The best part of the Eagle Cap Extreme sled dog race, according to organizer Troy Nave, comes half an hour before race start, when more than 200 Alaskan huskies fill the parking lot at Ferguson Ridge Ski Area with a cacophony of joyous howling.
“You have to succumb to it,” said Nave, who serves on the event board of directors. “The excitement is so contagious.”
Mushers from across the Northwest and Canada will head deep into the Wallowa Mountains for the 13th running of the Eagle Cap Extreme, beginning Thursday, Jan. 19. Kickoff is at noon for the 200-mile and 100-mile races, as well as the first stage of the two-day pot race, which runs 31 miles both days. The 22-mile juniors race and second leg of the pot race will begin at noon on Friday, Jan. 20. All races leave from Ferguson Ridge, about nine miles outside of Joseph. A shuttle bus will be available at 9:45 a.m. on race days.
The public can also meet and greet mushers during a potluck at 6:30 p.m. Wednesday, Jan. 18 at the Joseph Community Center. No pets are allowed at the potluck or in the race area.
Despite having no history of dog mushing in the area, Nave said the Eagle Cap Extreme has become part of the fabric of Wallowa County. It is one of only two sled dog races in the lower 48 states that serve as a qualifier for the Iditarod and Yukon Quest, the two largest mushing events in the world.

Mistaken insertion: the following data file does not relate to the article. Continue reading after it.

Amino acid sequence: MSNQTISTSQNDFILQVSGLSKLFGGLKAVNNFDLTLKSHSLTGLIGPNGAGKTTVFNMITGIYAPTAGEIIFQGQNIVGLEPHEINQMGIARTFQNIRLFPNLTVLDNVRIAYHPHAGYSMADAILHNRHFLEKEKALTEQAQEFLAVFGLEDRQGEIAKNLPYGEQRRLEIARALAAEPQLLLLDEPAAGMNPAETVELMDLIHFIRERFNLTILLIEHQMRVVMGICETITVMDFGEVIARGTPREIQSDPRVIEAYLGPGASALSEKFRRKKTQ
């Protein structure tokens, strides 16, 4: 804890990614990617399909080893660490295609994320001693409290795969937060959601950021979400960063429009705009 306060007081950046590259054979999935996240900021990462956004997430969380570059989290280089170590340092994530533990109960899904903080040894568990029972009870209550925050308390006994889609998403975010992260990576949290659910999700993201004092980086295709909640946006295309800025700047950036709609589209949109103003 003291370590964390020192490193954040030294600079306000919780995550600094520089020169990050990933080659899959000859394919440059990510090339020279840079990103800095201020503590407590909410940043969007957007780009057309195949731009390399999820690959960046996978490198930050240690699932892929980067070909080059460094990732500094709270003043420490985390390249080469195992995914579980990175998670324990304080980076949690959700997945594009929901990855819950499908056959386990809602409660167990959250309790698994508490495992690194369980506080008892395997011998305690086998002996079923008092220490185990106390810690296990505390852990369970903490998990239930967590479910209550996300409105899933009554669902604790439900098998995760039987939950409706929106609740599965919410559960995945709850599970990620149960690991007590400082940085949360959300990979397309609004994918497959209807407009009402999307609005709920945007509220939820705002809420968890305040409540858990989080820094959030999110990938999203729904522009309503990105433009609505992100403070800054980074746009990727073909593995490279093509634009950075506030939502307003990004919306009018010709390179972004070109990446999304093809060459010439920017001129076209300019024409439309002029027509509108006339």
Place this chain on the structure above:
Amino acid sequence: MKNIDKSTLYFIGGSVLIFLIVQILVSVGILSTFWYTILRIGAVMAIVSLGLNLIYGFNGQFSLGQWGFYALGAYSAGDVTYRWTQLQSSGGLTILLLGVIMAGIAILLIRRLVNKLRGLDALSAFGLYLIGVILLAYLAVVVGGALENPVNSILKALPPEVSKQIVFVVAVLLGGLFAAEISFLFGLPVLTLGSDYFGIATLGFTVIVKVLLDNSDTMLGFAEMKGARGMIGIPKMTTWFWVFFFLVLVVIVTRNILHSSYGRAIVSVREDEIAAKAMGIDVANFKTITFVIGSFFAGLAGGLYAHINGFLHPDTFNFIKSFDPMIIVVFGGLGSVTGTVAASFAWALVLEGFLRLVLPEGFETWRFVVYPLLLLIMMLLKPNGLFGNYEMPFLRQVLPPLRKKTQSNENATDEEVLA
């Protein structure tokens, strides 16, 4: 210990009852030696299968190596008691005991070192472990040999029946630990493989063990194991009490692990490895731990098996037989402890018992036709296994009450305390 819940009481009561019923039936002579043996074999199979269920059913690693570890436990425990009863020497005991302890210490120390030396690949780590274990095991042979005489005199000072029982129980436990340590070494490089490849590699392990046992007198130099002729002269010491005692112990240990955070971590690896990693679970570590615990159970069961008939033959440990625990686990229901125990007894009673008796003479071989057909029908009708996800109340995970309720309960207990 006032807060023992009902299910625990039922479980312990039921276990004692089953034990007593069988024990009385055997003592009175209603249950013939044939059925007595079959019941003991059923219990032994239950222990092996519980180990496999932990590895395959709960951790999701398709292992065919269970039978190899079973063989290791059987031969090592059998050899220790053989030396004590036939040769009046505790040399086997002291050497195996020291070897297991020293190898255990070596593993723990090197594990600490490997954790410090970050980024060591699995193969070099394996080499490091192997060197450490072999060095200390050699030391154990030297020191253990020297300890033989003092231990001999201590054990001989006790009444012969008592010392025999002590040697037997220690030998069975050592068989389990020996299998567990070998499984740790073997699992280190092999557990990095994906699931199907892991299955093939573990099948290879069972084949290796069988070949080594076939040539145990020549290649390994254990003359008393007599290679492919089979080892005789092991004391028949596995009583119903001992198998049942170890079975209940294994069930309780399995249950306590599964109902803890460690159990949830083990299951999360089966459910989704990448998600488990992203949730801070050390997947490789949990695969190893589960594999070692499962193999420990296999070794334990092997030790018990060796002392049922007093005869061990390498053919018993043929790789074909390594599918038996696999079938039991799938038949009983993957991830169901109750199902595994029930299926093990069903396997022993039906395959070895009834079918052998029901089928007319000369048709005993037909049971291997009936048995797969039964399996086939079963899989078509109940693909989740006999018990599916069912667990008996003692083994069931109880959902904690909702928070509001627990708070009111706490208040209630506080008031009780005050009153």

“It’s kind of amazing that something like this is right here in our backyard, off the beaten path,” Nave said.
Dogs and mushers will have their work cut out for them. The 200-mile course features 26,000 feet of elevation gain, running up to Salt Creek Summit and back down to the Ollokot Campground for a required six-hour layover. Teams then work their way out to Twin Lakes and PO Saddle overlooking Hells Canyon, before finishing back at Fergi.
Brett Bruggeman, of Great Falls, Montana, has won the 200-mile race the last two years, and returns again in 2017. In 2015, he finished the course in 30 hours and three minutes.
“He’s phenomenal,” Nave said. “He’ll be the guy to catch, yet again.”
A total of eight mushers will compete in the 200-mile race, eight in the 100-mile race and seven in the pot race — including locals Morgan Anderson, of Enterprise, and Susan Parraga, of Joseph. Parraga was the first local musher ever to enter the Eagle Cap Extreme, while Anderson previously competed in the junior race.
There is only one contestant in this year’s junior race, 15-year-old Christina Gibson of Riverside, Washington.
Nave said interest in the Eagle Cap Extreme grows every year, and its reputation continues to build.
“Our purse isn’t as big as some of the other races, but (mushers) are drawn back by the community support and the route,” Nave said. “We’re going over some of the most scenic terrain anywhere.”
Conditions should be in great shape for this year’s races, with approximately two to three feet of snow over the course, including two feet of packed snow at Fergi. Cold weather should persist until race day, Nave said, which is good for the dogs.
“We’ve had three months of absolutely fantastic weather,” he said. “Mother Nature has been great leading up.”
An awards banquet will cap off three days of racing, starting at 5:30 p.m. Saturday, Jan. 21, back at the Joseph Community Center. Tickets are $20 for the general public, including dinner and entertainment. There will also be live and silent auction fundraisers to benefit the nonprofit Eagle Cap Extreme.
Nave said the event is a labor of love for directors, volunteers and the entire community.
“We have a lot of support,” he said. “It’s a privilege to be around these canine athletes.”
Contact George Plaven at firstname.lastname@example.org or 541-66-0825.